Western Cape Poisons Centre advisory: Protect yourself against carbon monoxide
Western Cape Poisons Centre advisory: Protect yourself against carbon monoxide poisoning or exposure
During winter, the Poisons Information Helpline of the Western Cape (PIHWC) receives more calls from the public concerning poisoning or exposure to carbon monoxide, a highly toxic colourless and odourless gas, that can harm an individual who inhales too much of it. Residents are reminded to be aware of the hazards posed by this “silent killer” which can affect any individual, especially young children.
In one of the latest incidents, two adults died from suspected carbon monoxide poisoning in Mitchells Plain on 30 July 2023. According to records from the City of Cape Town’s Fire and Rescue Services [access media release here], the family had taken a drum of hot coals indoors and were overcome by the lack of oxygen. As this incident shows, alternative heating sources may be effective at providing warmth, but they can also pose great risks if not used properly.
Since the launch of the PIHWC in 2015, we have received over 100 calls concerning carbon monoxide poisoning, mainly from May to August each year. About one third of these patients had pronounced symptoms, about 10% had severe symptoms, and we have recorded one death.
We emphasise that carbon monoxide poisoning is a serious medical emergency and prompt action is crucial for a positive outcome. Taking preventive measures can help keep us all safe.
What produces carbon monoxide?
- Burning coal, paraffin, wood, LPG or diesel
- Faulty chimneys, furnaces.
- Faulty LPG gas appliances (flame burning yellow instead of blue).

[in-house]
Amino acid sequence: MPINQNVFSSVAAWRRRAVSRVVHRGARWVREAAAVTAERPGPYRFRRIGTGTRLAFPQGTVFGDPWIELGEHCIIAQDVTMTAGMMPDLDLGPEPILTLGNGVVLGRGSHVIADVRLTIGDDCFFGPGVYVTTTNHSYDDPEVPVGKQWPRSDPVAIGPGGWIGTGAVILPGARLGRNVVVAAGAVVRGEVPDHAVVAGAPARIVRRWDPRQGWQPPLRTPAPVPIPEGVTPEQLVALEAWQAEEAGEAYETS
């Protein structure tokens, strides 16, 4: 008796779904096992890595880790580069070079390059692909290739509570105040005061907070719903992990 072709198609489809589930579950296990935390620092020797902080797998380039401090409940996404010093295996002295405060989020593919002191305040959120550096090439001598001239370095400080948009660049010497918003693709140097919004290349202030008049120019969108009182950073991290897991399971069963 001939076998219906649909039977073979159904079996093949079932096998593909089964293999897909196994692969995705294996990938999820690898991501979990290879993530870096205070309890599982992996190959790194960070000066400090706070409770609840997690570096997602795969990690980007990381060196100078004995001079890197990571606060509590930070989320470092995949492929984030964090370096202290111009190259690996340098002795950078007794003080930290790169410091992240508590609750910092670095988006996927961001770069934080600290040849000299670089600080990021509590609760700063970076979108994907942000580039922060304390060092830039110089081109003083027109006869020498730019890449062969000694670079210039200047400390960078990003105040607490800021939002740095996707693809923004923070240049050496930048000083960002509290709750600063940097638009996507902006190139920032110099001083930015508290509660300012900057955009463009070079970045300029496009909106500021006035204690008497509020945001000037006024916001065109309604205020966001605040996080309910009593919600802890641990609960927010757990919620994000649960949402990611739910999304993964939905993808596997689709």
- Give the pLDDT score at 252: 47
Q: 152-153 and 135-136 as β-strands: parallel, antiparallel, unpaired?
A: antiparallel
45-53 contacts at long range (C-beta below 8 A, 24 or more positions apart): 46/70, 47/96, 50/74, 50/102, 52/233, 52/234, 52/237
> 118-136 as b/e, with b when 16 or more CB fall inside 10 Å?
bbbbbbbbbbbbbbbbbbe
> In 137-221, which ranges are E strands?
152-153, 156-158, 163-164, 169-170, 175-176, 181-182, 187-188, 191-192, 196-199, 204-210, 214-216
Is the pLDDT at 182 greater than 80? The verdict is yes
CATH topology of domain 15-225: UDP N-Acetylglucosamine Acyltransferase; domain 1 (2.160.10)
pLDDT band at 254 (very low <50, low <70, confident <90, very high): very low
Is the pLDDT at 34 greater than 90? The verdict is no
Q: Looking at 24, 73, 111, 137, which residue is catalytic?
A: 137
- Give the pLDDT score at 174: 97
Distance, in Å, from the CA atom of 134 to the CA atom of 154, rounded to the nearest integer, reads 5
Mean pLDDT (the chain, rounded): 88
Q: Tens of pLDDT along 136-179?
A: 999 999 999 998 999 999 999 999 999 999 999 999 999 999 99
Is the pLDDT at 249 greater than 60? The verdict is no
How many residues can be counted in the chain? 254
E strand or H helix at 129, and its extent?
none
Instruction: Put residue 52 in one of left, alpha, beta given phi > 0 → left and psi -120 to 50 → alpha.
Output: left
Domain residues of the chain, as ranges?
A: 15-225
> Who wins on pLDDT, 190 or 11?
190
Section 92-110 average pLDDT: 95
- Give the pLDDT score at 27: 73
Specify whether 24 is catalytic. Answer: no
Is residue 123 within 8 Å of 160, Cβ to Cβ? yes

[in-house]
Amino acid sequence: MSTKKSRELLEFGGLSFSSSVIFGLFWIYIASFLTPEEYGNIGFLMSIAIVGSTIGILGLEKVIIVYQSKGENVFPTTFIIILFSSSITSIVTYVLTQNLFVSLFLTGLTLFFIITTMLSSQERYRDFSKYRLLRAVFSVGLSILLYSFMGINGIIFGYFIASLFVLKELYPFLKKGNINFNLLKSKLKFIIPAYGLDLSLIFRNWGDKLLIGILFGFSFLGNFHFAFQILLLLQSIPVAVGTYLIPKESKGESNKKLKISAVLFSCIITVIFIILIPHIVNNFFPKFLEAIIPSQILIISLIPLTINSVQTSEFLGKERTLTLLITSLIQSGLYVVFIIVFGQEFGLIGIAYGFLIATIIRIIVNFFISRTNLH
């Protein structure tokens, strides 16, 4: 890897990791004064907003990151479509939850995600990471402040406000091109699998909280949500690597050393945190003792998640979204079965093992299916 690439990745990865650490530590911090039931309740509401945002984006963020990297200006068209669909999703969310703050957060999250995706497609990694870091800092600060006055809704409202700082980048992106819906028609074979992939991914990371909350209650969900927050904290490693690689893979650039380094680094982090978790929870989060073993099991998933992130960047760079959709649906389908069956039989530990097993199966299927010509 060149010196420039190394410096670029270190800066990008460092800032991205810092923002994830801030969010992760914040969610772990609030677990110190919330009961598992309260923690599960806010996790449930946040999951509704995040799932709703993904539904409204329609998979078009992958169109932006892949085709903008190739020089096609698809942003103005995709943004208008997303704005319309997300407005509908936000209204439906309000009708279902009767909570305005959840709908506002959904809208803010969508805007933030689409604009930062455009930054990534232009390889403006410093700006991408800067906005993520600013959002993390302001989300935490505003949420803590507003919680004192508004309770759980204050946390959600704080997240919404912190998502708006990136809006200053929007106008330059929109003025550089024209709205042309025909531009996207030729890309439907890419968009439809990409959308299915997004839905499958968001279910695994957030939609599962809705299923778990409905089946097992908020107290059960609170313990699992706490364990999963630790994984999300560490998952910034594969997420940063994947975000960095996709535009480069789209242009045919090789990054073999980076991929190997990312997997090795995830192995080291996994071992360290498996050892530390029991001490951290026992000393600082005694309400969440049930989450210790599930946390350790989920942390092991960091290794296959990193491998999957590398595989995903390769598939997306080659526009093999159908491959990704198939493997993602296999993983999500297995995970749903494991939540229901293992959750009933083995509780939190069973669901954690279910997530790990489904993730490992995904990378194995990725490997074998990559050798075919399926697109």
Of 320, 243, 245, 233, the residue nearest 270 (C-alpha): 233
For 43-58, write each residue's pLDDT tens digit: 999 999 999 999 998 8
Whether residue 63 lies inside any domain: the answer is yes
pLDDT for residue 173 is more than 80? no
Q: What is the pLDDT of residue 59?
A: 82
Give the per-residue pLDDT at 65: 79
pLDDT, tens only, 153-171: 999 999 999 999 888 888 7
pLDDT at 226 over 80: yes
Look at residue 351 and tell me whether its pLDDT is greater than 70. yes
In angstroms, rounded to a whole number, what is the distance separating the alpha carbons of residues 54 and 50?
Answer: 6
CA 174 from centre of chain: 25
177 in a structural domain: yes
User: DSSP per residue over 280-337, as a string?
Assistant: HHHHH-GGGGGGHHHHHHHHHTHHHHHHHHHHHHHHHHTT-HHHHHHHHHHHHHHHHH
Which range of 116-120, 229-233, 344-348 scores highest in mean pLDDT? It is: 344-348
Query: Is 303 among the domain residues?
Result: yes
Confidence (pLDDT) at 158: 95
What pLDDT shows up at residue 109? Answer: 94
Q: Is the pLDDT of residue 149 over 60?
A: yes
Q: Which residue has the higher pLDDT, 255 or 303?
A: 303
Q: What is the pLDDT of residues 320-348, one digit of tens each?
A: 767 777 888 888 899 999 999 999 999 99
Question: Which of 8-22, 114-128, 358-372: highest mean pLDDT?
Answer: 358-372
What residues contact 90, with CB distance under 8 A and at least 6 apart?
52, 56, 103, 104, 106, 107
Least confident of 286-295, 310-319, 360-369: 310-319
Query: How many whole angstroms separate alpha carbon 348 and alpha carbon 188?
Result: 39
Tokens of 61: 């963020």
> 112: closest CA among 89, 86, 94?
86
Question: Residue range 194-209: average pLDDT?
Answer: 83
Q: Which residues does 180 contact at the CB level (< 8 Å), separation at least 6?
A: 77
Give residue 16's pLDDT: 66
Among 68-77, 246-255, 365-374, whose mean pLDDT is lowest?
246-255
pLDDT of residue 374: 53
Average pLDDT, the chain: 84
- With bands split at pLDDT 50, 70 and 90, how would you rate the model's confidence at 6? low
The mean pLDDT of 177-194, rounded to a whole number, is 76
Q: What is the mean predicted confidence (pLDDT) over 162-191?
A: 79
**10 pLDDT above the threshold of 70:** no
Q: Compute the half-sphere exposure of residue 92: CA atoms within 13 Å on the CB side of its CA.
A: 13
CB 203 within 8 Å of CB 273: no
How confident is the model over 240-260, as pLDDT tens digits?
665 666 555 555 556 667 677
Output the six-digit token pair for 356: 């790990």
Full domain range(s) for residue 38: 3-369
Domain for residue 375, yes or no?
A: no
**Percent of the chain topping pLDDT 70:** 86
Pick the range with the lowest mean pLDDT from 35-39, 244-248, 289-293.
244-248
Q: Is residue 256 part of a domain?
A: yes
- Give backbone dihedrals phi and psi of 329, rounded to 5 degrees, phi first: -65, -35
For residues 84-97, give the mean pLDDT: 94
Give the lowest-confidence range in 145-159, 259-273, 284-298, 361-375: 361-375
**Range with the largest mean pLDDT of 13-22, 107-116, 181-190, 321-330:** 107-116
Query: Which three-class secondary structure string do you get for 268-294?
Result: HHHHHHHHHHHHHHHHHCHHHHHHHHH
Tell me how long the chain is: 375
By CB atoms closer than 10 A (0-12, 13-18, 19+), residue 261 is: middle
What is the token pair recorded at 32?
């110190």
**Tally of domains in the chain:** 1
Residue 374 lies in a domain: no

- Exhaust fumes from generators or vehicles.
What does it do?
- Carbon monoxide prevents enough oxygen from being carried around the body.
- It causes people to have a headache and feel nauseous, dizzy, lightheaded, and confused.
- More severe poisoning causes coma, seizures, heart rhythm disturbances, and even death.
- The severity depends on the concentration of carbon monoxide in a room and for how long a person is exposed.
- Long-term effects can occur and are mostly related to mental health symptoms such as depression, anxiety, confusion, and generalised brain fog.
If you suspect carbon monoxide poisoning, take the following actions:
- Immediately leave the area and get fresh air.
- Call emergency services or the Poisons Information Helpline for advice.
- Seek medical attention promptly, especially if you or someone else is experiencing severe symptoms.
How to prevent carbon monoxide poisoning:
- Ventilate! Open windows or keep door ajar when using fuels to cook or heat inside
- Do not bring braziers with burning coals inside.
- Turn off all heat sources before going to sleep.
- Do not use an LPG gas oven/stove to heat inside.
- If you have a fire with a chimney, make sure it is open and regularly cleaned.
- Make sure all LPG gas appliances are in working order.
- Do not leave the car running in the garage even if the door is open. Rather drive the car out into the street to let the engine warm up.
- Install carbon monoxide (CO) detectors.
The Poisons Information Helpline is a 24-hour service for the public and health care workers, provided by the staff of the Poisons Information Centres at Red Cross War Memorial Children’s Hospital and Tygerberg Hospital. The service provides help with poisonings caused by unidentified toxins and advice on managing poisoning by identified substances. The Western Cape Department of Health and Wellness remains committed to strengthening the prevention, diagnosis, and management of poisoning in both adults and children in the province and throughout South Africa.
In case of a poison emergency, call the PIHWC on 0861 555 777.